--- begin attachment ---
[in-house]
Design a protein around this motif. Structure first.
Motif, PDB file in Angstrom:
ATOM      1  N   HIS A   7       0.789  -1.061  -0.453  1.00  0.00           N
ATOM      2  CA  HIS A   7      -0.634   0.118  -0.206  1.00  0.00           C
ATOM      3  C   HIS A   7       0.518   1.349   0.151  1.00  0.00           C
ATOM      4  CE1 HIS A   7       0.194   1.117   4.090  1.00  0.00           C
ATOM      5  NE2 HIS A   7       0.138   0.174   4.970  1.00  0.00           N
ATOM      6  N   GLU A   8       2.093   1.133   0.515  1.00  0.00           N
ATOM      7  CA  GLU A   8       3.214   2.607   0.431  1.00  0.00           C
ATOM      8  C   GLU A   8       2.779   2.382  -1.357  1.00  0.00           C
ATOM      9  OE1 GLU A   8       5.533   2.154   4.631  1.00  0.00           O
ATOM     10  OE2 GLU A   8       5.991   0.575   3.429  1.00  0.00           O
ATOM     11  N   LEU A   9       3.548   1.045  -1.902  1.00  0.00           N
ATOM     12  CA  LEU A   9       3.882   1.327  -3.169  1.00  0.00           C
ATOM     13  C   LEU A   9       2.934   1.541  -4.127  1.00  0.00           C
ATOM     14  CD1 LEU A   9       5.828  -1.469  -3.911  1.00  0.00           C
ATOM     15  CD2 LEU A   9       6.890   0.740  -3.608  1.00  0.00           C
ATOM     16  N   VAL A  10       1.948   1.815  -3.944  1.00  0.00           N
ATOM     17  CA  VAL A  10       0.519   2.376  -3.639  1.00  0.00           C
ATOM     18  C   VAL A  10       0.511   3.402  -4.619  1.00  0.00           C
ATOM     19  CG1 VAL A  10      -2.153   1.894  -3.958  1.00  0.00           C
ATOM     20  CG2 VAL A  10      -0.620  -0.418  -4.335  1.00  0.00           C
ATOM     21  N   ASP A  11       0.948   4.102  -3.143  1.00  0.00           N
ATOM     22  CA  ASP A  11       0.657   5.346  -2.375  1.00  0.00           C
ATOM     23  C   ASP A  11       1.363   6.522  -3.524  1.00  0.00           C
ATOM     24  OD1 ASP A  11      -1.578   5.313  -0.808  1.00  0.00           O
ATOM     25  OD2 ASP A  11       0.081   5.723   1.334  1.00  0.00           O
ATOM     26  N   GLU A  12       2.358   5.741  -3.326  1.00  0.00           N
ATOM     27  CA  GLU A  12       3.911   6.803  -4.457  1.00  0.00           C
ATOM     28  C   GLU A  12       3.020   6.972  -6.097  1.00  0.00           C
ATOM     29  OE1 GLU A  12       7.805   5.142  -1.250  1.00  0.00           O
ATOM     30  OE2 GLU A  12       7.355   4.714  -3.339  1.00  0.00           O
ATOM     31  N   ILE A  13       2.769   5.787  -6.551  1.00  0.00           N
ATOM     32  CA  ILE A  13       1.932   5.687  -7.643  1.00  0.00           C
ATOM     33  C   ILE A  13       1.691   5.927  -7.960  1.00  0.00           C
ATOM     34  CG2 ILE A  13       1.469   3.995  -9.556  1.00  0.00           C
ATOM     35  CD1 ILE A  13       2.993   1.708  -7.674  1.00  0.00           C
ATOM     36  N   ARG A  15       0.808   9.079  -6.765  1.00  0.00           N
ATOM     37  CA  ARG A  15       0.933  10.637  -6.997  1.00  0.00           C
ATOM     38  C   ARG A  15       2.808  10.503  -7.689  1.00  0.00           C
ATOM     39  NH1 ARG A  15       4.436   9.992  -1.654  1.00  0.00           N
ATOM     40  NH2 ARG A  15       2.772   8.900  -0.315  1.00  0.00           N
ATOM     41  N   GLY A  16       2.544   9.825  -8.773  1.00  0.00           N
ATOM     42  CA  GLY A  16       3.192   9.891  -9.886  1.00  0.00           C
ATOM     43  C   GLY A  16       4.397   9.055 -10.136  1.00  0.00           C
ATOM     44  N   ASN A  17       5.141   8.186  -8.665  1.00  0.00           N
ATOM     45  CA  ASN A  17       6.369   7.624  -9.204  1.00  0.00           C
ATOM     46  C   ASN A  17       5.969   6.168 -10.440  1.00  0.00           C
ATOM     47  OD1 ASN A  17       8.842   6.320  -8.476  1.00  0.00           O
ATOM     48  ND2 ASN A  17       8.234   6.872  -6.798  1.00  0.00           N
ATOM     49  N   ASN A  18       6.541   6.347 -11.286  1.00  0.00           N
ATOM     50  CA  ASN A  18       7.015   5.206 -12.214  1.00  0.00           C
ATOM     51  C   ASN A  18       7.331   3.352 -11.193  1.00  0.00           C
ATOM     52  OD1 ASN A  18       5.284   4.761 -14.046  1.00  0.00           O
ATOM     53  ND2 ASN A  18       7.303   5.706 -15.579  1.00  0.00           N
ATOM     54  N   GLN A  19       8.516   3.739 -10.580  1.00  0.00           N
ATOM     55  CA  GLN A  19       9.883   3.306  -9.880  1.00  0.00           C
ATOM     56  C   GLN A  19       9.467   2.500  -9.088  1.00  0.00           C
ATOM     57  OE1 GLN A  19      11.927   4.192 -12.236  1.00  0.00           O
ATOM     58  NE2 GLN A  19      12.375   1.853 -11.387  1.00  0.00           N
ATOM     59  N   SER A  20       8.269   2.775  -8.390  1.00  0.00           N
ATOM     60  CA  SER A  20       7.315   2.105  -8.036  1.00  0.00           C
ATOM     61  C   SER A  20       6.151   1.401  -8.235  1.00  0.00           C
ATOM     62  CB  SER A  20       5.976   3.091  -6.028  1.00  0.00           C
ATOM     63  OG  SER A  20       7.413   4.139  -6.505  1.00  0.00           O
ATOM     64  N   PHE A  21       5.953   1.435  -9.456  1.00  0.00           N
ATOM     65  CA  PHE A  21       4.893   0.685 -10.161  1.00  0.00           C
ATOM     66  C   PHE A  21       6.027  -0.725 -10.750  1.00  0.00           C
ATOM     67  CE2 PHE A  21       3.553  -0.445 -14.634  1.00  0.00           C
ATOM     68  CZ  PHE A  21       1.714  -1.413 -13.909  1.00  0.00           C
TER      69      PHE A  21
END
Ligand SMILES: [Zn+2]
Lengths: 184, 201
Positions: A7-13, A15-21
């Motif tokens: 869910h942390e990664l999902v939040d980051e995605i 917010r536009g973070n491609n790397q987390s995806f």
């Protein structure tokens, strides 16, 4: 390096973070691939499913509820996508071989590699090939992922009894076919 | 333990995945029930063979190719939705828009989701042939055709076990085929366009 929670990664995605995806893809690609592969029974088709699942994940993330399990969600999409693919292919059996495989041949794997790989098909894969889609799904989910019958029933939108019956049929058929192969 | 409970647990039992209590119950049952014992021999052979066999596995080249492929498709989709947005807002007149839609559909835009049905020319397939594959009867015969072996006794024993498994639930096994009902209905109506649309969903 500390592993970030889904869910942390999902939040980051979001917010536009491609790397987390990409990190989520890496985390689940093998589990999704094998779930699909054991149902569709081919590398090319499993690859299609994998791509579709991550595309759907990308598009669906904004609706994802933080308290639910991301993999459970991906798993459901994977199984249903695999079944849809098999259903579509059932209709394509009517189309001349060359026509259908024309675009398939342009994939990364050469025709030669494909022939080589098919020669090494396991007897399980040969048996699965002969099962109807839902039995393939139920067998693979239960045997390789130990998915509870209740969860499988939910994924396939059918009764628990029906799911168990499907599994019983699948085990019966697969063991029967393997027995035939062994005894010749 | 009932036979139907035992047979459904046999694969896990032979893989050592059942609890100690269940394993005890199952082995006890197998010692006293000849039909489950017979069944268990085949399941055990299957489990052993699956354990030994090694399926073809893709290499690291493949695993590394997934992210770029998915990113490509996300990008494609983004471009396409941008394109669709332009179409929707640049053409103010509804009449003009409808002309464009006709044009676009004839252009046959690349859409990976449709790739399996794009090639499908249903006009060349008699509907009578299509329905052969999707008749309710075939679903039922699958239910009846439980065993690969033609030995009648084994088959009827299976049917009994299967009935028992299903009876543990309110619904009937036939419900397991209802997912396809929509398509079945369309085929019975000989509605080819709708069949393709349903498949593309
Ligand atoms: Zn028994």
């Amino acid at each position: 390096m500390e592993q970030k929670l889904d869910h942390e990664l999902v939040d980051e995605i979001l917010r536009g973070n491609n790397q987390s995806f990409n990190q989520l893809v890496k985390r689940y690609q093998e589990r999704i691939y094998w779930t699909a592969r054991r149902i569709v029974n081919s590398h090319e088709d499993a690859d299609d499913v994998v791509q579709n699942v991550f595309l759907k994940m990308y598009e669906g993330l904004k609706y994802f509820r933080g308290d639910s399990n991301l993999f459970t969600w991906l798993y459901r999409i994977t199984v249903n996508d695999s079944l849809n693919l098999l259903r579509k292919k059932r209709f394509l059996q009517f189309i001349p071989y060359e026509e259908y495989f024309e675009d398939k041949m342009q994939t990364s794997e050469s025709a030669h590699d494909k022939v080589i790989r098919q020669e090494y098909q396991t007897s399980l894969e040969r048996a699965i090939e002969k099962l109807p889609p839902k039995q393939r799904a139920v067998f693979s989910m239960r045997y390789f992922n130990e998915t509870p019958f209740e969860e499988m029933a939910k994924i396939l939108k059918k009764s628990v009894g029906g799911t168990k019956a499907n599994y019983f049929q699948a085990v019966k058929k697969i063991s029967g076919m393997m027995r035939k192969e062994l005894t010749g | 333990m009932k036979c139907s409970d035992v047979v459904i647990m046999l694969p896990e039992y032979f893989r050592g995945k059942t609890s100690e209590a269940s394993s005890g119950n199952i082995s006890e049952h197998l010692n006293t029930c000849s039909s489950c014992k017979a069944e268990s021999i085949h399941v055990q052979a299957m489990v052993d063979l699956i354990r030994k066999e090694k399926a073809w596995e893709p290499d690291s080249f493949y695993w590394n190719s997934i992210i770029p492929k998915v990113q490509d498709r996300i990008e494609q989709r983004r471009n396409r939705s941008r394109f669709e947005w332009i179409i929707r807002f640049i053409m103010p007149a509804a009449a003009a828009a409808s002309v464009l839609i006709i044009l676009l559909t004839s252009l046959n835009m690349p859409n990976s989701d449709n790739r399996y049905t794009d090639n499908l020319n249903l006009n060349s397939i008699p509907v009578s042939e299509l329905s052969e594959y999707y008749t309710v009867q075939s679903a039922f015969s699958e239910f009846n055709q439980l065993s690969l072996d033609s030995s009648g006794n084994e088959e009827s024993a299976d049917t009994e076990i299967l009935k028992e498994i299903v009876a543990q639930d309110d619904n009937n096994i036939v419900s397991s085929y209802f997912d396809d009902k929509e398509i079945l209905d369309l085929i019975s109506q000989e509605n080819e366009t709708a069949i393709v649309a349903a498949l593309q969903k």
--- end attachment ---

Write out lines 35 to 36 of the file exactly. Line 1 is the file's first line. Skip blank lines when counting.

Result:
ATOM     32  CA  ILE A  13       1.932   5.687  -7.643  1.00  0.00           C
ATOM     33  C   ILE A  13       1.691   5.927  -7.960  1.00  0.00           C